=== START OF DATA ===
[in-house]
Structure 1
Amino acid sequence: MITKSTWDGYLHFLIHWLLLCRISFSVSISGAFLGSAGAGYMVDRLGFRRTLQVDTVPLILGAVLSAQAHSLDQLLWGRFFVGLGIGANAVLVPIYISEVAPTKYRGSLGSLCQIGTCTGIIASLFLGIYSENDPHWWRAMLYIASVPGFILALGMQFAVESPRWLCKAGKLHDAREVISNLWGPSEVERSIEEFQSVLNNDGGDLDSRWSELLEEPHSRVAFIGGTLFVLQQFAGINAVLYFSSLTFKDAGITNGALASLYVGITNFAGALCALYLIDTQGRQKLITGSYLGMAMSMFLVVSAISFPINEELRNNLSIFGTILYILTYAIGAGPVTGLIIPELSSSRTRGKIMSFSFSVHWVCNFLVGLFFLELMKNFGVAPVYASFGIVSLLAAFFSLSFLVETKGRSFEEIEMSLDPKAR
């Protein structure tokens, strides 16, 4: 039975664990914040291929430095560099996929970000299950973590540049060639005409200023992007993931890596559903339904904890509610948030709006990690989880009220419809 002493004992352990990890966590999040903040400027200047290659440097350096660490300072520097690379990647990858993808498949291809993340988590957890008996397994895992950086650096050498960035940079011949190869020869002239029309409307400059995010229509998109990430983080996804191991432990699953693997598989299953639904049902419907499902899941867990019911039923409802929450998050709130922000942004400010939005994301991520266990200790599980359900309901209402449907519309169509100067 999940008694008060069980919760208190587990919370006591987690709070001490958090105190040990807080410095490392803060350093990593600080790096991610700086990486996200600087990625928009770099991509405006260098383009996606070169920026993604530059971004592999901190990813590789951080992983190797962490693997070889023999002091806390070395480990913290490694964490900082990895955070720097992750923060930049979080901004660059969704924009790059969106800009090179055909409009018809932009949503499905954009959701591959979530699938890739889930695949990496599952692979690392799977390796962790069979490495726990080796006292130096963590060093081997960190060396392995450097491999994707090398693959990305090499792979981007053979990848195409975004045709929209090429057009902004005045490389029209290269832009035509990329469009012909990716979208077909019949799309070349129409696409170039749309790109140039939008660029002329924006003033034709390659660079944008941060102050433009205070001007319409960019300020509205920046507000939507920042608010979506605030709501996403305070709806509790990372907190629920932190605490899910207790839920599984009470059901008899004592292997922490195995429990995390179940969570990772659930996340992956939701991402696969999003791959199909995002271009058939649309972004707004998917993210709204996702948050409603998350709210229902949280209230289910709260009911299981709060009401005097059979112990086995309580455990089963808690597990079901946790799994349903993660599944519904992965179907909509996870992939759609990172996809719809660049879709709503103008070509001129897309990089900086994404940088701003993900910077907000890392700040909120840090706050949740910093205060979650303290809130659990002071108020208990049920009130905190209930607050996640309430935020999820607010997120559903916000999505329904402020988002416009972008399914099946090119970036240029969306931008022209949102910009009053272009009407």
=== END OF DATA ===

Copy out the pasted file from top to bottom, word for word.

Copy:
[in-house]
Structure 1
Amino acid sequence: MITKSTWDGYLHFLIHWLLLCRISFSVSISGAFLGSAGAGYMVDRLGFRRTLQVDTVPLILGAVLSAQAHSLDQLLWGRFFVGLGIGANAVLVPIYISEVAPTKYRGSLGSLCQIGTCTGIIASLFLGIYSENDPHWWRAMLYIASVPGFILALGMQFAVESPRWLCKAGKLHDAREVISNLWGPSEVERSIEEFQSVLNNDGGDLDSRWSELLEEPHSRVAFIGGTLFVLQQFAGINAVLYFSSLTFKDAGITNGALASLYVGITNFAGALCALYLIDTQGRQKLITGSYLGMAMSMFLVVSAISFPINEELRNNLSIFGTILYILTYAIGAGPVTGLIIPELSSSRTRGKIMSFSFSVHWVCNFLVGLFFLELMKNFGVAPVYASFGIVSLLAAFFSLSFLVETKGRSFEEIEMSLDPKAR
């Protein structure tokens, strides 16, 4: 039975664990914040291929430095560099996929970000299950973590540049060639005409200023992007993931890596559903339904904890509610948030709006990690989880009220419809 002493004992352990990890966590999040903040400027200047290659440097350096660490300072520097690379990647990858993808498949291809993340988590957890008996397994895992950086650096050498960035940079011949190869020869002239029309409307400059995010229509998109990430983080996804191991432990699953693997598989299953639904049902419907499902899941867990019911039923409802929450998050709130922000942004400010939005994301991520266990200790599980359900309901209402449907519309169509100067 999940008694008060069980919760208190587990919370006591987690709070001490958090105190040990807080410095490392803060350093990593600080790096991610700086990486996200600087990625928009770099991509405006260098383009996606070169920026993604530059971004592999901190990813590789951080992983190797962490693997070889023999002091806390070395480990913290490694964490900082990895955070720097992750923060930049979080901004660059969704924009790059969106800009090179055909409009018809932009949503499905954009959701591959979530699938890739889930695949990496599952692979690392799977390796962790069979490495726990080796006292130096963590060093081997960190060396392995450097491999994707090398693959990305090499792979981007053979990848195409975004045709929209090429057009902004005045490389029209290269832009035509990329469009012909990716979208077909019949799309070349129409696409170039749309790109140039939008660029002329924006003033034709390659660079944008941060102050433009205070001007319409960019300020509205920046507000939507920042608010979506605030709501996403305070709806509790990372907190629920932190605490899910207790839920599984009470059901008899004592292997922490195995429990995390179940969570990772659930996340992956939701991402696969999003791959199909995002271009058939649309972004707004998917993210709204996702948050409603998350709210229902949280209230289910709260009911299981709060009401005097059979112990086995309580455990089963808690597990079901946790799994349903993660599944519904992965179907909509996870992939759609990172996809719809660049879709709503103008070509001129897309990089900086994404940088701003993900910077907000890392700040909120840090706050949740910093205060979650303290809130659990002071108020208990049920009130905190209930607050996640309430935020999820607010997120559903916000999505329904402020988002416009972008399914099946090119970036240029969306931008022209949102910009009053272009009407």